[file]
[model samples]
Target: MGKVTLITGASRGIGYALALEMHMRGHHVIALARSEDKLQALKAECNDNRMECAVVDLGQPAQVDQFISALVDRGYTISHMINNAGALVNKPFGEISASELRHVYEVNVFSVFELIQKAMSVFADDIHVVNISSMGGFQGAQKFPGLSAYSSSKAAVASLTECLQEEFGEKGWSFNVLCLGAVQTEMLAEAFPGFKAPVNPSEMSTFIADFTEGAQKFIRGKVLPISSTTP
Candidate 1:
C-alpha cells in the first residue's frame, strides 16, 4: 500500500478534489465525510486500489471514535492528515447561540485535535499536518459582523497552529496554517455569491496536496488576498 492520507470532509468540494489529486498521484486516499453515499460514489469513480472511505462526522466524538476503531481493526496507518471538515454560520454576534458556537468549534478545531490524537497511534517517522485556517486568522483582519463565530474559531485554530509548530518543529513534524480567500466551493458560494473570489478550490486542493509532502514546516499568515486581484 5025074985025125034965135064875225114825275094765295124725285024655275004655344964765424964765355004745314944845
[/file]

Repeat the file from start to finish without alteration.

[model samples]
Target: MGKVTLITGASRGIGYALALEMHMRGHHVIALARSEDKLQALKAECNDNRMECAVVDLGQPAQVDQFISALVDRGYTISHMINNAGALVNKPFGEISASELRHVYEVNVFSVFELIQKAMSVFADDIHVVNISSMGGFQGAQKFPGLSAYSSSKAAVASLTECLQEEFGEKGWSFNVLCLGAVQTEMLAEAFPGFKAPVNPSEMSTFIADFTEGAQKFIRGKVLPISSTTP
Candidate 1:
C-alpha cells in the first residue's frame, strides 16, 4: 500500500478534489465525510486500489471514535492528515447561540485535535499536518459582523497552529496554517455569491496536496488576498 492520507470532509468540494489529486498521484486516499453515499460514489469513480472511505462526522466524538476503531481493526496507518471538515454560520454576534458556537468549534478545531490524537497511534517517522485556517486568522483582519463565530474559531485554530509548530518543529513534524480567500466551493458560494473570489478550490486542493509532502514546516499568515486581484 5025074985025125034965135064875225114825275094765295124725285024655275004655344964765424964765355004745314944845